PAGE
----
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Schoolcraft Connection

The Student News Site of Schoolcraft College

Schoolcraft Connection

The Student News Site of Schoolcraft College

Schoolcraft Connection

The power of love
The power of love
July 2, 2024

Unethical sports recruitment

Prospective high school and transfer athletes facing uncertainty of making a roster

High schoolers and transfer college students already deal with issues outside of their athletic life, including life at home, health concerns and school work. These external factors lead to stressful situations and unnecessary pressure, likely lessening their overall athletic performance. 

Furthermore, there are many ethical issues in the sports industry like coaching, athletic identity, injuries and more that additionally strain athlete’s mental and physical stability. One that sticks out more than others is improper recruiting, which can lead to all the other problems as mentioned above. 

On the technical side, recruiting in college sports is the process when athletic coaches add prospective student athletes to their roster. Most times, coaches will give athletic scholarships to athletes in their junior or senior year of high school. Truthfully, this works as an incentive to get that athlete to sign with your program and attend your school. Recruiting is done through research, social media, marketing campaigns and engaging with athletes or recruiting events. This is an exciting process for amateur athletes because it gives them a sense of what their future as an athlete could be like. Despite all this, recruiting practices can come with ethical concerns. 

An education company, Brainly, this past November answered questions about ethical concerns in recruiting. They believe that recruitment isn’t all sunshine and rainbows. 

According to the article, “The way athletes are recruited and selected can have a significant impact on fairness, equal opportunities and the overall integrity of the sport.” 

If someone on your team hasn’t been selected fairly, others naturally start to build feelings of resentment. Every athlete’s shot of making it to a college level and even the pros is valuable. Having to put that to the side or behind must be a hard pill to swallow. As far as integrity goes, someone is clearly being dishonest during the process and not abiding by certain rules, making them untrustworthy. Arguably, the majority of athletes want a team of leaders who they can count on; not ones who may be deceitful. 

A different aspect of the effects on athletes is the stress this provides them with. He or she may be considered a gifted athlete, yet failure to follow policies could ruin their chances. A recent September article published on Linkedin by Global13 suggested a similar thought.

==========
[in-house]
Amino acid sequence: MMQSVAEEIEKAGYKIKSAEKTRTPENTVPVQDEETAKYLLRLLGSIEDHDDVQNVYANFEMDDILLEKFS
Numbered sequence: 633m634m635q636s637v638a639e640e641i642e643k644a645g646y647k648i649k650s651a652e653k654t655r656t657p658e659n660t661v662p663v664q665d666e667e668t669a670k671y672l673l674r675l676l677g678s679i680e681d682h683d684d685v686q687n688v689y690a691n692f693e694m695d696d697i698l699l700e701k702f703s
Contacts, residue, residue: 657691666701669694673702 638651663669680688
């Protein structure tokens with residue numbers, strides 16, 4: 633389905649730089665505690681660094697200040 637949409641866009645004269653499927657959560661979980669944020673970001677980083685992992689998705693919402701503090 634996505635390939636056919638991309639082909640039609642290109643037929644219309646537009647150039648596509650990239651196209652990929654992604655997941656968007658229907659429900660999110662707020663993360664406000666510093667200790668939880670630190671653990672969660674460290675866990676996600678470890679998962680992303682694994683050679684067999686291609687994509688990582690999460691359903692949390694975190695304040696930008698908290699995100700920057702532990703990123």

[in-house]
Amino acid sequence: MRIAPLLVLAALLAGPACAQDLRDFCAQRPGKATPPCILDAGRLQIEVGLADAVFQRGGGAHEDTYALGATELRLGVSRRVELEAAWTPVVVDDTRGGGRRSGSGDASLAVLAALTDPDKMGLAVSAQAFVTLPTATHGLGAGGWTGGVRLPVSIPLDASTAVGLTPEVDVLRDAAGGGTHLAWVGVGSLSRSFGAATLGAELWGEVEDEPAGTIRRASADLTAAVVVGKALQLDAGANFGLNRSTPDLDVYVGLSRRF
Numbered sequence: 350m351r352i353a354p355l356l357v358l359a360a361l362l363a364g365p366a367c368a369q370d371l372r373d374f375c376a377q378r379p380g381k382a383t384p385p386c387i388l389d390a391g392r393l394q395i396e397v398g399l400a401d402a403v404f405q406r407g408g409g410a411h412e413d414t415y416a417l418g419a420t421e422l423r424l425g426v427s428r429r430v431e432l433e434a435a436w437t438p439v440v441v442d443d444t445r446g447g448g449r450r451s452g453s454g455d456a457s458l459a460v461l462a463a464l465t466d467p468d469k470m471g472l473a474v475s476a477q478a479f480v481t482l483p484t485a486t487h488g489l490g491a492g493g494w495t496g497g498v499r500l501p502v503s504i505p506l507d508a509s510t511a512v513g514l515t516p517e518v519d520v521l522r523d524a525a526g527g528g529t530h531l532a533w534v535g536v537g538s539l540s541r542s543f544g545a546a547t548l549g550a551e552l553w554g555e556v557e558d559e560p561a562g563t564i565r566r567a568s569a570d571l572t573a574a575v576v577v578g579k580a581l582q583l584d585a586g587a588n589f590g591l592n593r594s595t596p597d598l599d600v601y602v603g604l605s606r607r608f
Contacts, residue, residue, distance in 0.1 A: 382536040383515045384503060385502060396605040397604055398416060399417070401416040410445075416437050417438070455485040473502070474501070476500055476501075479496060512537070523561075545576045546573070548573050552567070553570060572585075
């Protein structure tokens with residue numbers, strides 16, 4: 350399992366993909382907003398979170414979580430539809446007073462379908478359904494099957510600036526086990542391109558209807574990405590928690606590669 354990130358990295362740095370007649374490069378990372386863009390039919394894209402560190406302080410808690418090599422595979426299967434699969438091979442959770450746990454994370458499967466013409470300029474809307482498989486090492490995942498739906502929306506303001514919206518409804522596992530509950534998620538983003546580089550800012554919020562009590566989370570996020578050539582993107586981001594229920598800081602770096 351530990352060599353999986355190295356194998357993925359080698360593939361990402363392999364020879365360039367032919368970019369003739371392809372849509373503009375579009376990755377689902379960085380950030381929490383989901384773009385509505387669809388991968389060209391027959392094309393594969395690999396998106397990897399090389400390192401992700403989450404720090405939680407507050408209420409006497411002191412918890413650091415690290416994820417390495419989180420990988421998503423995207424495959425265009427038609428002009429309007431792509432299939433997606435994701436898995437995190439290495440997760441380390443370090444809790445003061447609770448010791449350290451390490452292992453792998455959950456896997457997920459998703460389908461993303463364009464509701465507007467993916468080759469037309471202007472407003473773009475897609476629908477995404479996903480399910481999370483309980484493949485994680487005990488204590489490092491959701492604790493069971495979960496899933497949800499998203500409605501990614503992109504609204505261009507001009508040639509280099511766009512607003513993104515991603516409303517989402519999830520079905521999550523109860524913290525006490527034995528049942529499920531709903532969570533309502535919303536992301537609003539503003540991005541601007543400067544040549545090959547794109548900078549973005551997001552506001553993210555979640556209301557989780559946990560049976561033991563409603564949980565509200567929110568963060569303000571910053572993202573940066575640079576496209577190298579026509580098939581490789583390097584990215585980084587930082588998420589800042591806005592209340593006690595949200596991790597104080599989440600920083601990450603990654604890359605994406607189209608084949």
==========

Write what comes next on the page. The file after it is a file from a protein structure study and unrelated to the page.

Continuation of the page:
According to the article, “Issues like recruiting improperly, covering up player misconduct, over-training athletes or cutting corners to gain competitive advantage can arise.” 

No one should feel this amount of stress, let alone a young athlete who’s just trying to navigate their life. Besides, teens already experience unprecedented amounts of peer pressure and the sentiments are echoed in the Global13 article.

“The constant pressure to win and keep jobs can test principles.” 

Nothing could make this statement truer. 

An overtrained body will eventually need a rest and someone under high amounts of stress might feel like they will burnout. Adding dishonest coaches into your life or being granted a lesser advantage to a hard working athlete’s life just doesn’t go hand in hand. It may be safe to assume that life, jobs, school, sports and relationships all combined in one are already plenty for the average person and in this case, an athlete. 

On the flip side, coaches are holding something back which must keep them on their toes. Can you imagine holding something back that you know is completely wrong? 

Unfortunately it isn’t uncommon for the truth to be kept a secret, it’s seen so much in today’s society.

In 2008, Sports Management Resources published an article providing thoughts on the coaching side of improper recruiting. Certain cases are so unfair, that there’s nothing more to do than fire someone. That might have been the best coach, but they just can’t be honest. According to the article, “Negative recruiting is not an acceptable tactic. Violation of this policy may result in immediate termination of employment.” In many cases this is not far from the truth and good coaches are let go. 

To conclude, aspects of building a roster poorly can ultimately ruin the chances of someone with incredible talent. Failure to follow proper rules and regulations end up costing the athlete when it’s likely not their wrong doing in the first place. No one’s chance should be jeopardized because of the rules not being followed, and that’s why unethical recruiting is very wrong. 

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About the Contributor
Isabelle Richmond
Hi, my name is Isabelle! I am the sports writer here at Schoolcraft Connection! Currently I’m attending Stevenson High School and I work here as an intern. Next year I plan on attending Michigan State University to study Journalism and/or Communications. Joining the Connection has really taught me a lot and I’m beyond glad that this opportunity was presented to me. Outside of writing about sports, you’ll typically find me watching sports or at a sporting event. Aside from my deep love for sports… I love to be by the lake during the summer, watch sunsets, go camping and spend lots of time with my friends and family. I would consider myself an outgoing person so I’m always up for trying new things and going on fun adventures.

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